Not every food fight occurs in a cafeteria.

Since first arriving in 2012, food trucks have swept Knoxville, leading local brick and mortar restaurant owners to raise concerns regarding competition.

To resolve tension, the city of Knoxville has begun piloting a program to regulate the food truck business.

Food trucks must obtain a Mobile Food Vending Permit in order to occupy one of seven dedicated zones during predetermined operating hours. To obtain a permit, vendors must possess a business license from the city and pass inspections by Knoxville Utilities Board, a certified electrician and the health department.

The policy, approved in November by the city council, is the result of meetings between city policy makers and an advisory group of restaurant and food truck owners or representatives.

Patricia Robledo, the business liaison of Knoxville, said she and other city officials traveled throughout the region to observe and research what had and had not worked in other cities while keeping the unique needs of Knoxville in mind. The final version of the program borrows heavily from the process in place in Nashville, but Robledo said Knoxville's policy may adjust as needed.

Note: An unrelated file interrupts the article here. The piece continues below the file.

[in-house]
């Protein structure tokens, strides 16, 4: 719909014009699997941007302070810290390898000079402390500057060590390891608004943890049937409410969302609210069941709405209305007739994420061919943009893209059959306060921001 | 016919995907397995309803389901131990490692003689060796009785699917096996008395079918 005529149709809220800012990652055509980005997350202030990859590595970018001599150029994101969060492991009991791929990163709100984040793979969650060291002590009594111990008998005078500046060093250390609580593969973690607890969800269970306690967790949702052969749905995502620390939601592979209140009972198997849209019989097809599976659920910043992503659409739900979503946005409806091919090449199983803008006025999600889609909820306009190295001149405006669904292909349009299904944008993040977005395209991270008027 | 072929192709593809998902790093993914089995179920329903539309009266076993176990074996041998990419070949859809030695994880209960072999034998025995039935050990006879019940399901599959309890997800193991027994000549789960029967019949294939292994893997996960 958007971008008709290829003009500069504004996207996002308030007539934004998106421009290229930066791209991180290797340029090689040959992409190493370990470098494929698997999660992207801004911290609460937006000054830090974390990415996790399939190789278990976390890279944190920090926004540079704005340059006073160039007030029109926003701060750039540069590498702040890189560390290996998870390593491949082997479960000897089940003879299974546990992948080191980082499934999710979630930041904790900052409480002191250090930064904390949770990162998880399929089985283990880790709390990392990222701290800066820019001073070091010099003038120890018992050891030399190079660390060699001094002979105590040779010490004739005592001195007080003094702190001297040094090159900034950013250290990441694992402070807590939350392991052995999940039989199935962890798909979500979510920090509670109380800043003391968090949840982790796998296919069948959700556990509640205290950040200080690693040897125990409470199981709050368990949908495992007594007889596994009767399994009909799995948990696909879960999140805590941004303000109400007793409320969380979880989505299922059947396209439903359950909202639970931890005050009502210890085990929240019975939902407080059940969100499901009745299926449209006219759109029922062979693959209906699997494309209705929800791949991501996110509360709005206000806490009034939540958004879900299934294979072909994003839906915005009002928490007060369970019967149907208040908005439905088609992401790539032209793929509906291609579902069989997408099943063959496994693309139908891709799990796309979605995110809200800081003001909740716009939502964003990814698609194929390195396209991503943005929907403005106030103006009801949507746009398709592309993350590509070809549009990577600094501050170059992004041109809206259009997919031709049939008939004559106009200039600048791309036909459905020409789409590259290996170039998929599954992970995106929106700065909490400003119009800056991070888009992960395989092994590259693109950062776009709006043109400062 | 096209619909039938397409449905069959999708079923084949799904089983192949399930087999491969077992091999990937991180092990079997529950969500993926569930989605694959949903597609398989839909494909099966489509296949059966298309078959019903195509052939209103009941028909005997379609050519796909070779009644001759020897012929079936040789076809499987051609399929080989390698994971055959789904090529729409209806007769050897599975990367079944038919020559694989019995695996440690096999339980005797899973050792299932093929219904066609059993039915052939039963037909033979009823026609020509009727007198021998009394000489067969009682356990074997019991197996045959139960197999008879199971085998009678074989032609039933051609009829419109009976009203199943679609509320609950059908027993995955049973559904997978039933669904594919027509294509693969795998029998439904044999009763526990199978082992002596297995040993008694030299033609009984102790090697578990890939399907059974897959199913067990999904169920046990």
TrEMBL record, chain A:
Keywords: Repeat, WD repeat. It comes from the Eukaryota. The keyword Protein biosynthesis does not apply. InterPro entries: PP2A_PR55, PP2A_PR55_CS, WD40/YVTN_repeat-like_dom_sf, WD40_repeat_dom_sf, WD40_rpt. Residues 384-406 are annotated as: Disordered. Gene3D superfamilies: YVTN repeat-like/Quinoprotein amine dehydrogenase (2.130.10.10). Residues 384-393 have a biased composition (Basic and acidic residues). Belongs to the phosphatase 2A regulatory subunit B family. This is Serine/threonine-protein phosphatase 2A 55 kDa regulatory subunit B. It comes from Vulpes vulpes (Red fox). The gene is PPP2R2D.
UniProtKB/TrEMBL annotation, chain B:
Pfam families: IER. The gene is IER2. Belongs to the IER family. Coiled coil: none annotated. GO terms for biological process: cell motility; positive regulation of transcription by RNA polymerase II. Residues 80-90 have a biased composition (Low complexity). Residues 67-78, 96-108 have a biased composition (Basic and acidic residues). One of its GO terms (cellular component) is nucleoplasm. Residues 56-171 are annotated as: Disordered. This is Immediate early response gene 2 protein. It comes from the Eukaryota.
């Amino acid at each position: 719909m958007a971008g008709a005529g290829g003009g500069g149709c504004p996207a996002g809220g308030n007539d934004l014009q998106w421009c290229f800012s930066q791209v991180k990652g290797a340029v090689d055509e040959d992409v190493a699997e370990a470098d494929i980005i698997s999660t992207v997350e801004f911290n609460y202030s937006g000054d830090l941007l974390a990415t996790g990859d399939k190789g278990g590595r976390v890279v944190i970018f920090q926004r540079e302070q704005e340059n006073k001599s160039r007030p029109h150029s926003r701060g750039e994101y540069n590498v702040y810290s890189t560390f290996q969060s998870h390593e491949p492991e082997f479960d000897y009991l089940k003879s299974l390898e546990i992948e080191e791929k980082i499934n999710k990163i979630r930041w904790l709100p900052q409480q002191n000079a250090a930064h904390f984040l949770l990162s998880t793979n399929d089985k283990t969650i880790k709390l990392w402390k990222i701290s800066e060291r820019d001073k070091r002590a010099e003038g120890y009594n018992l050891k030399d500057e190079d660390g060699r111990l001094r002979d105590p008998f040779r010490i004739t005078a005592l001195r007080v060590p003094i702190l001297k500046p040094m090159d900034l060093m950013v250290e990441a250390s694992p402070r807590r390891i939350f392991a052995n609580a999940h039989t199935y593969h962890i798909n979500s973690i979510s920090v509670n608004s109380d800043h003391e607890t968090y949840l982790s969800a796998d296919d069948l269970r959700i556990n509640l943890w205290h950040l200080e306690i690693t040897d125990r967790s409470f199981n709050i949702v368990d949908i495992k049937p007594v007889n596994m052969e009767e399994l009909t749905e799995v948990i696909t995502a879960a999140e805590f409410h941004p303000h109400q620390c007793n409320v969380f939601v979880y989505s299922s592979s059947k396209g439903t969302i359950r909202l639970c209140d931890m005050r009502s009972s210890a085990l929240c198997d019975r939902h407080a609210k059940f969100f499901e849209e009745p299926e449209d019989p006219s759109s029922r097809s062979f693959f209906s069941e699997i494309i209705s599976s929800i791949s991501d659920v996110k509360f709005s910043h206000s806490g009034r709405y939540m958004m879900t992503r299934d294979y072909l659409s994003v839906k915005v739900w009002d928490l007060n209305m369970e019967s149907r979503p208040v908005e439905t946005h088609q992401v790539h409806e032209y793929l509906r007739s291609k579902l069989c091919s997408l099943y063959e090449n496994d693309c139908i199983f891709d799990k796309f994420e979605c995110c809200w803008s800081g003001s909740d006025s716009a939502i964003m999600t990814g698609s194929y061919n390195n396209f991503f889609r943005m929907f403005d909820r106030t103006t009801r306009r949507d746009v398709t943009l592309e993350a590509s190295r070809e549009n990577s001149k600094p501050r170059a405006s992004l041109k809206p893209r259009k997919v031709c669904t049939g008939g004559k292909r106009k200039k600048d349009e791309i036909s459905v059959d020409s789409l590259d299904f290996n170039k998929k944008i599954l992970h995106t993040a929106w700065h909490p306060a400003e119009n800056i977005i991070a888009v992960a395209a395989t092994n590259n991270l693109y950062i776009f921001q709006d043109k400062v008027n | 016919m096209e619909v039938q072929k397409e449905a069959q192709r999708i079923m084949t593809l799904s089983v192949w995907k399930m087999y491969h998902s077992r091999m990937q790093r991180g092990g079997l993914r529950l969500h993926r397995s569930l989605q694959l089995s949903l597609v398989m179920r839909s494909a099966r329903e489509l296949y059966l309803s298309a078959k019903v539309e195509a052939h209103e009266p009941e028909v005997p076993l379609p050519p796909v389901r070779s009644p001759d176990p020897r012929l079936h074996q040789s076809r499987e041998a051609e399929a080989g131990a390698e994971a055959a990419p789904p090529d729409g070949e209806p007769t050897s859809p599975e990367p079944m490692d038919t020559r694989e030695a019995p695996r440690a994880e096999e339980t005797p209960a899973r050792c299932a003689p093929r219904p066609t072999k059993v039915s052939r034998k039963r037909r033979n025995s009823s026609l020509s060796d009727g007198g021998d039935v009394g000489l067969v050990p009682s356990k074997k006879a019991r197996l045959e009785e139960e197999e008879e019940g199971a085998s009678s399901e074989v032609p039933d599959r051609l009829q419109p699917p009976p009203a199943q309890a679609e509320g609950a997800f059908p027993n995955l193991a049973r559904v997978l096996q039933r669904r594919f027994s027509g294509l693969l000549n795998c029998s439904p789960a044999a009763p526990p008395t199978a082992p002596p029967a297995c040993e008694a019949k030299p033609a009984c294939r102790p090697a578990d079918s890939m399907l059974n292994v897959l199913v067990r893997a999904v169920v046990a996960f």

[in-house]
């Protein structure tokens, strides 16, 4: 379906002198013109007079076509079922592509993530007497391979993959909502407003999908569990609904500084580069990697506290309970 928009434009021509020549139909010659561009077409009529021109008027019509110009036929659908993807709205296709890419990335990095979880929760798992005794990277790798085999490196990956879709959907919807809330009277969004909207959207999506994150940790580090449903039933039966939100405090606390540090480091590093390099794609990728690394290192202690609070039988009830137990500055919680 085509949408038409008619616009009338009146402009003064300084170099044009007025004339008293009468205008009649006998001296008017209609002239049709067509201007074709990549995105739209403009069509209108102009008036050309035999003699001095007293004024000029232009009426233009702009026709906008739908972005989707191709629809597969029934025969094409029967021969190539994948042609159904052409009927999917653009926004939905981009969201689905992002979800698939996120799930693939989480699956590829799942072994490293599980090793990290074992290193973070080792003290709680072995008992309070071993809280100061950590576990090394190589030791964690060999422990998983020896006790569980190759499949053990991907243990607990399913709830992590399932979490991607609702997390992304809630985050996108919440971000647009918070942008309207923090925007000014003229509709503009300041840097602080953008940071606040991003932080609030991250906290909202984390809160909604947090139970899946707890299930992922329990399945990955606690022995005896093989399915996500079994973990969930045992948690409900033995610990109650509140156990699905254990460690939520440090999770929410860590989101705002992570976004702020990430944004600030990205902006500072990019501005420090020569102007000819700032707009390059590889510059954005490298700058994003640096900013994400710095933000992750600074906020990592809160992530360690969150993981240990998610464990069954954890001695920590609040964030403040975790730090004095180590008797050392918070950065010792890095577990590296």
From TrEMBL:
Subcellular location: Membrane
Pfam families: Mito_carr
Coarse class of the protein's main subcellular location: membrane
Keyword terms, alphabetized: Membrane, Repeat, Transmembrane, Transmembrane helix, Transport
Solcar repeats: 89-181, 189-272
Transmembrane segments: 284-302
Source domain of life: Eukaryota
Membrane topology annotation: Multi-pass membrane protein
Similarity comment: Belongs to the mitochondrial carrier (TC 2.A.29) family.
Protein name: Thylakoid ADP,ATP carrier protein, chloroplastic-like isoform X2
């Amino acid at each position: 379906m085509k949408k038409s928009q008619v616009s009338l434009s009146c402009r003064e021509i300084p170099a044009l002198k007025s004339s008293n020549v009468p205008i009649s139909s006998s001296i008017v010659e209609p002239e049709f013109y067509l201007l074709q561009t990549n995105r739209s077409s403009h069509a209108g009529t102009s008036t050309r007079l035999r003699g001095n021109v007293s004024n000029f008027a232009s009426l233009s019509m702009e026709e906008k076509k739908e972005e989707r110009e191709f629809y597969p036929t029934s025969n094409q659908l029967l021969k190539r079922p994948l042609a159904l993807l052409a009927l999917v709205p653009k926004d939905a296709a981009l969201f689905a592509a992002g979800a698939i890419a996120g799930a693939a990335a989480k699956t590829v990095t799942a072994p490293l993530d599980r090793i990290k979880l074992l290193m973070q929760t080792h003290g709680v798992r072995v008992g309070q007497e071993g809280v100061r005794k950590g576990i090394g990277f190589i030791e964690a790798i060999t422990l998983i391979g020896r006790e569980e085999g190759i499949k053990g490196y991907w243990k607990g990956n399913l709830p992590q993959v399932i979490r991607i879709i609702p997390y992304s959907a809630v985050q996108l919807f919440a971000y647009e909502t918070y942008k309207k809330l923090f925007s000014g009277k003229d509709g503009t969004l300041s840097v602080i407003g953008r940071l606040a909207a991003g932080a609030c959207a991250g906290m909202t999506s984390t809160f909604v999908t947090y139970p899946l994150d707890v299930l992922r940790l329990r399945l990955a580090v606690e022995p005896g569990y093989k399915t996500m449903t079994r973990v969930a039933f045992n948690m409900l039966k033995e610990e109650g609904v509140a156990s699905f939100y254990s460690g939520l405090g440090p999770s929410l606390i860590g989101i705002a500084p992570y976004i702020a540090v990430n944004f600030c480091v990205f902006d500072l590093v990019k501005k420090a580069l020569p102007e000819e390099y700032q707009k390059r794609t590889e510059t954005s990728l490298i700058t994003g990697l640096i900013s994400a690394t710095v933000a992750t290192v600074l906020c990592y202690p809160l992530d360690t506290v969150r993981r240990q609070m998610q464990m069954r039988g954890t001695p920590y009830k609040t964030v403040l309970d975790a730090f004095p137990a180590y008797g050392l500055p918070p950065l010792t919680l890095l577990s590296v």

After one year of operation, the food truck policy, designed to adapt to the needs of vendors, will undergo an evaluation.

"The pilot program will allow us to make changes deemed necessary in a timely manner," Robledo said. "We will be attentive to feedback from business owners City of Knoxville inspectors and the general public. We suspect mobile food vending zones may change in relation to construction projects and other factors."

Byron and Kiki Sambat, owners of the Savory and Sweet food truck, are founding members of the Knoxville Mobile Restaurant Association.

"We wanted to give the city of Knoxville a contact when we were working through questions and concerns," Byron Sambat said. "We've been working with the city of Knoxville since last March on food truck pilot program. They've done a good job with the policy; we're trying to work with city to make it a reality."

Robledo said she views the regulation of food trucks as an opportunity to welcome new businesses and add flavor to Knoxville.

"Our hope is to support these entrepreneurs that add to the vitality and culinary diversity to the city," Robledo said.

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